Keeping The Bell In Athens

By
Bryan Vance

Dateline
Updated Fri, Sep 13, 2013 6:02 pm
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Photo Credit: 
Ryan Young
Ohio OL AJ Strum celebrates with the Bell Trophy after Ohio's 44-7 win over Marshall on Saturday, Sept. 17, 2011. It was the first win for Ohio in the rivalry since 2000.

Deep inside the walls of Peden Stadium sits a bronze bell: “The Bell” to be more precise. It’s a token of victory awarded to the winner of the Marshall-Ohio football game, a rivalry dating back to 1905.

That year, the two schools—separated by a mere 80 miles—met for the first time on the gridiron. Marshall won that game 6-5. Since then the two universities have faced off 56 times, with Ohio leading the series 31-19-6. But this rivalry—which has lasted through more than a century in spite of a dark tragedy, several hiatuses, spanned across two divisions and three conference changes—didn’t get a physical trophy until 1996.

Since then the Ohio Bobcats have only won The Bell three times, including both of the previous two years. Sitting inside the stadium, seeing The Bell every day, has taken on a new meaning to the team.

“We actually ring the bell every day. We get it out right before we come to practice,” said sixth-year senior cornerback Travis Carrie. “Don’t ring the bell if you’re not going to come out here and practice 110 percent.”

But the seniors could be ringing The Bell for the last time as this Saturday the ‘Cats (1-1) welcome Marshall (2-0) to Athens for the 57th installment of the rivalry. If Ohio loses, The Bell will make the 80-mile trip back to Huntington, W.Va., where the Thundering Herd will host it for at least a year. That’s not something redshirt senior Xavier Hughes wants to let happen.

“It means everything to us,” he said of the possibility to keep The Bell in Athens for the remainder of his senior season. “We want to keep this bell from here on out … It’s a must win.”

To make that a reality, though, Ohio must pass a tough test from a Marshall team that always beings it’s A-game. Last year the Bobcats needed a fourth-quarter touchdown and a late game-winning field goal to retain possession of the trophy. This year’s game figures to be a close one as well.

The Thundering Herd possess one of the more potent offenses in college football. Through two games this season they’ve averaged 53.5 points, enough for the eighth best average in the Football Bowl Subdivision (the top level of college football). They’re led by junior quarterback Rakeem Cato, who finished fifth in the nation with 4,201 yards and third in the country with 37 touchdowns a season ago. The quarterback, now in his third year as the starter, is off to a fantastic start so far this season as well, though his numbers are slightly down due to a recently discovered running attack that balances out Marshall’s offense.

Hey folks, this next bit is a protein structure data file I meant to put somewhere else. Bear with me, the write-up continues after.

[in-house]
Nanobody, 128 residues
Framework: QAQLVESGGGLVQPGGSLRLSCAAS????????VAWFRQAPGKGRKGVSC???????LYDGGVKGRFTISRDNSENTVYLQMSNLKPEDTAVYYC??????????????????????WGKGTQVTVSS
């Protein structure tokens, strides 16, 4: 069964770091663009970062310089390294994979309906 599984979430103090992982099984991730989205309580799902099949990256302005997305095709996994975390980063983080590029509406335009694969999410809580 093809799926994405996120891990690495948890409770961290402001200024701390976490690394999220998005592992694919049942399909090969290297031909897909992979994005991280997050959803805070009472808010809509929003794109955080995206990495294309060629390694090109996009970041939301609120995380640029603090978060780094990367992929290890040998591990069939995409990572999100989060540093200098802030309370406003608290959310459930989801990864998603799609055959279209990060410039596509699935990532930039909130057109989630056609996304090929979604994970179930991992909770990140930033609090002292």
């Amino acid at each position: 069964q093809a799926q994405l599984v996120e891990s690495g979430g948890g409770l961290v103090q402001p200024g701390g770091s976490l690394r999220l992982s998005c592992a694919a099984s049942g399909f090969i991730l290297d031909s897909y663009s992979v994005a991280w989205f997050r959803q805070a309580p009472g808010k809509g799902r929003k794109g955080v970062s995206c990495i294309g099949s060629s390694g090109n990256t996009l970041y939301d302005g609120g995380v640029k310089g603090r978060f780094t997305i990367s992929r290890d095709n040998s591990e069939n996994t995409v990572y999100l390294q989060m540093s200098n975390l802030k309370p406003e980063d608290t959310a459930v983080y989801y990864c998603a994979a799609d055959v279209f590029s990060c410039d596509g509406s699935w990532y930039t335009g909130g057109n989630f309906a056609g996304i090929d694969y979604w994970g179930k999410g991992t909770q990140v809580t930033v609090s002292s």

Lining up behind Cato is sophomore speedy back Steward Butler who is averaging nearly 10 yards per carry this season. He’s joined by Essray Taliaferro in the backfield, providing the Thundering Herd with a two-headed rushing attack. But the key to success against Marshall still comes down to stopping Cato.

In two games against the Miami native, Ohio has had mixed results. In 2011, when he was a freshman, the ‘Cats picked him off four times en route to a 44-7 win. Carrie accounted for two of those interceptions in that game, but watched from the sidelines in 2012 as Cato showed off his improved skills throwing for more than 400 yards and three touchdowns. Carrie knows that come Saturday, Cato is going to resemble 2012’s version more than his freshman form.

“I think that he’s learned and grown from that,” he said in reference to the 2011 game. “You can see from his stats and the way his play has been over the past few years.”

Carrie added that it all boils down to pressuring Cato and forcing him to convert long third downs. He said that if Ohio can do that, they stand a good chance of forcing him to make mistakes.

Redshirt senior quarterback Tyler Tettleton, who is 2-0 against Cato and the Herd as a starter, had high praise for the Marshall field general as well but noted that Marshall’s defense, which struggled last year, shouldn’t be overlooked.

The Herd’s defense has been praised all summer long as being one of the nation’s most improved under new defensive coordinator Chuck Heater. Through two games they’ve looked the part, holding opponents to a combined 14 points, good enough for ninth in the FBS.

Tettleton has thrown for six touchdowns against Marshall and said that the offense will need to come out focused and not overlooking their opponent’s defensive potential in order to keep up that success and keep The Bell in its current home. He’ll need to not only rely on his offense, but a strong showing from the ‘Cats defense to make it happen.

Hughes seems up for the challenge and feels obligated to more than his own team to make it happen.

“We definitely got to come out with this win … for our fans, and for our alumni who really got a chance to make it a rivalry. We need to put it away for them,” he said.

Saturday at 8 p.m., Hughes will get his chance to ensure that he gets to keep ringing that bell.

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